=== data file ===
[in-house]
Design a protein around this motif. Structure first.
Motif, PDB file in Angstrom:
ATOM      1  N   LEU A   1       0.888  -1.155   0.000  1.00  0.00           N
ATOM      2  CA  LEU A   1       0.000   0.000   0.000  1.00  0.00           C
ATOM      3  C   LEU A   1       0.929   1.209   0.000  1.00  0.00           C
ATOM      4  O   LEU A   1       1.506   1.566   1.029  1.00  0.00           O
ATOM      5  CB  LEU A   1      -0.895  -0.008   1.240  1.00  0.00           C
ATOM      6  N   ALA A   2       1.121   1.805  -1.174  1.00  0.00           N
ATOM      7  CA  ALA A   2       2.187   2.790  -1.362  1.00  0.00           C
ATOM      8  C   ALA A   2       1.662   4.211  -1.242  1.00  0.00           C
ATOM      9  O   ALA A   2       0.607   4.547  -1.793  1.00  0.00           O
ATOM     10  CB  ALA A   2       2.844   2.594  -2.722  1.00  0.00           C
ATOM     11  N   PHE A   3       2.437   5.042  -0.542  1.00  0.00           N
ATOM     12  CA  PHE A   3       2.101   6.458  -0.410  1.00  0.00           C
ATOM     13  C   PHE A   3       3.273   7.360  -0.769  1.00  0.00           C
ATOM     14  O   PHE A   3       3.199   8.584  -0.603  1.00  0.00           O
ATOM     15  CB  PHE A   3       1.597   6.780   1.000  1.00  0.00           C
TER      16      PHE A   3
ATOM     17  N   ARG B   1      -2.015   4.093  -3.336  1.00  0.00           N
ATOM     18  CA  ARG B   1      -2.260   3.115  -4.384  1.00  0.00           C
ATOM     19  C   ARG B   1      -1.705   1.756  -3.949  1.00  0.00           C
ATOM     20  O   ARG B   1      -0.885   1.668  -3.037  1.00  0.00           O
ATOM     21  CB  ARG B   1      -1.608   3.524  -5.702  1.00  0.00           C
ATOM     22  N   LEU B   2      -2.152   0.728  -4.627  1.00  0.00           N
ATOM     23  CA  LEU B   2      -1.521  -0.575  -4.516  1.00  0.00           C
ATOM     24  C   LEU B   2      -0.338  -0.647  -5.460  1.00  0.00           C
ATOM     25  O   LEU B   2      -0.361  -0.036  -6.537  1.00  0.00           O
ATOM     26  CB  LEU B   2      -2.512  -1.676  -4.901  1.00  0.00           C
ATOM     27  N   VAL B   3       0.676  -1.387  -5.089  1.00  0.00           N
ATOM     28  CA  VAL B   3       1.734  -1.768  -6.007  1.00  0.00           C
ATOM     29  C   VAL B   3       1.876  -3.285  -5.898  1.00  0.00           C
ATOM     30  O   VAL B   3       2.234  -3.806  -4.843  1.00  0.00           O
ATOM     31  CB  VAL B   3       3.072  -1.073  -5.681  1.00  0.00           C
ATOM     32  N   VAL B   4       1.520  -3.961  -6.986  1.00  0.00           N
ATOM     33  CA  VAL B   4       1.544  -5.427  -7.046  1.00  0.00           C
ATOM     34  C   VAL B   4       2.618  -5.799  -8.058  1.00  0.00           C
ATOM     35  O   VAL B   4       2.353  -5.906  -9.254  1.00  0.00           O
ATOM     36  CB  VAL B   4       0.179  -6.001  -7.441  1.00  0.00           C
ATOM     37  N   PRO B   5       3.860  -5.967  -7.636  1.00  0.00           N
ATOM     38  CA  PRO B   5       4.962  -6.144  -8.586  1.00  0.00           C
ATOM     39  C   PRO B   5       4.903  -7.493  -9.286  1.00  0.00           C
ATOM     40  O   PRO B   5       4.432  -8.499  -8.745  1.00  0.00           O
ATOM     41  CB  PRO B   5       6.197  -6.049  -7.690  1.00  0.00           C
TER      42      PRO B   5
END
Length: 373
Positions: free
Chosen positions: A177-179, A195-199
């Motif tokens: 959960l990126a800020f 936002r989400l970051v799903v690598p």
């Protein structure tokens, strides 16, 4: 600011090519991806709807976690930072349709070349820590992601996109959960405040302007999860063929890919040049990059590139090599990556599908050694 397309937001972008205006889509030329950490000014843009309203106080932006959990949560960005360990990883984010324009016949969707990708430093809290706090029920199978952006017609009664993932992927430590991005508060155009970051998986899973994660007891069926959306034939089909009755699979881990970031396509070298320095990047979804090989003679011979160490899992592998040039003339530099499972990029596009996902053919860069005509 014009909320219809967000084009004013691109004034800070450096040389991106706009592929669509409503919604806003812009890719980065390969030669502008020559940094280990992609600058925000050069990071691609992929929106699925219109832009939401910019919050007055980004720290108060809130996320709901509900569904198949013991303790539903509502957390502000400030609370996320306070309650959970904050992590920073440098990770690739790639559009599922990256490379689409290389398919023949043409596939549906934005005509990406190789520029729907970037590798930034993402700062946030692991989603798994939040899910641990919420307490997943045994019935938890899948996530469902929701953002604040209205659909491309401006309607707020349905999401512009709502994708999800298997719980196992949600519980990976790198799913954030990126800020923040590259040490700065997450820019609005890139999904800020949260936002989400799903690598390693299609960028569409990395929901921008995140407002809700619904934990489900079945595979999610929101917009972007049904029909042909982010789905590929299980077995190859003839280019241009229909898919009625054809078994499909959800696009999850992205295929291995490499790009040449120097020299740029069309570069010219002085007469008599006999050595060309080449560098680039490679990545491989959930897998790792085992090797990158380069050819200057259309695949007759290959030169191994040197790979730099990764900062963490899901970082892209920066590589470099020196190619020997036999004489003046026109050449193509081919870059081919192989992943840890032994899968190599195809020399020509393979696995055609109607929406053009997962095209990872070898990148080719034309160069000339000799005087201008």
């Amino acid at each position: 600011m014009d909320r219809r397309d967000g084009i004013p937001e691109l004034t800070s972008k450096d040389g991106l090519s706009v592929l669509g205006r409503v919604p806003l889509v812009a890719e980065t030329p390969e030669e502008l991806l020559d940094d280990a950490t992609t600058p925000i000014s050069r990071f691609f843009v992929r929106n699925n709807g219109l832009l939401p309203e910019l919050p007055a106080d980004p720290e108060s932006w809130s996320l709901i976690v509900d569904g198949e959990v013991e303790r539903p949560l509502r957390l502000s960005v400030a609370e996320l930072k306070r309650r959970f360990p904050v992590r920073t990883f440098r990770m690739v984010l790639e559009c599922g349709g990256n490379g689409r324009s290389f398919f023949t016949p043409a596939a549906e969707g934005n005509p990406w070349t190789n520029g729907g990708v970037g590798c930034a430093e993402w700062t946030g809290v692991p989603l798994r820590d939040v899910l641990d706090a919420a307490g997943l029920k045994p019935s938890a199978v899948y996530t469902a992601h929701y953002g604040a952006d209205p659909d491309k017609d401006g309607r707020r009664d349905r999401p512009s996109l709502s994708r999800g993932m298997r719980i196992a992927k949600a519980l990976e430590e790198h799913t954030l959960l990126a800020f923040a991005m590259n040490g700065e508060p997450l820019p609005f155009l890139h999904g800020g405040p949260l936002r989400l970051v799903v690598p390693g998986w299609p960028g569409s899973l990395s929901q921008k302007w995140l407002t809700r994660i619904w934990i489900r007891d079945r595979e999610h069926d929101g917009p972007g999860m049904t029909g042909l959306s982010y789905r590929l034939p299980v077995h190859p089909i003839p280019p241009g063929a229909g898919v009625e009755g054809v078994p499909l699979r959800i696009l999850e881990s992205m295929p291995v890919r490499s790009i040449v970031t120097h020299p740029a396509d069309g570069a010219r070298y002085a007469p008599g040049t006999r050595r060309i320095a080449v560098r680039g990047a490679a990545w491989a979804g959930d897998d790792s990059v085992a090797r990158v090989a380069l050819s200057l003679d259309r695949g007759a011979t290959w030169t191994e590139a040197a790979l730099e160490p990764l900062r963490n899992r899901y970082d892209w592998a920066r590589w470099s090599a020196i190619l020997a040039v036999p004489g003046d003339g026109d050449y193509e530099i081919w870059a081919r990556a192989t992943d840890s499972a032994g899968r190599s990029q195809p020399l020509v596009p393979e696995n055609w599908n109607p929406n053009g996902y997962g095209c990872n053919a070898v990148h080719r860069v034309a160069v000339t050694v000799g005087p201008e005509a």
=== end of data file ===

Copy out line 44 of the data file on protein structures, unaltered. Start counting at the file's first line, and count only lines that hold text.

ATOM     41  CB  PRO B   5       6.197  -6.049  -7.690  1.00  0.00           C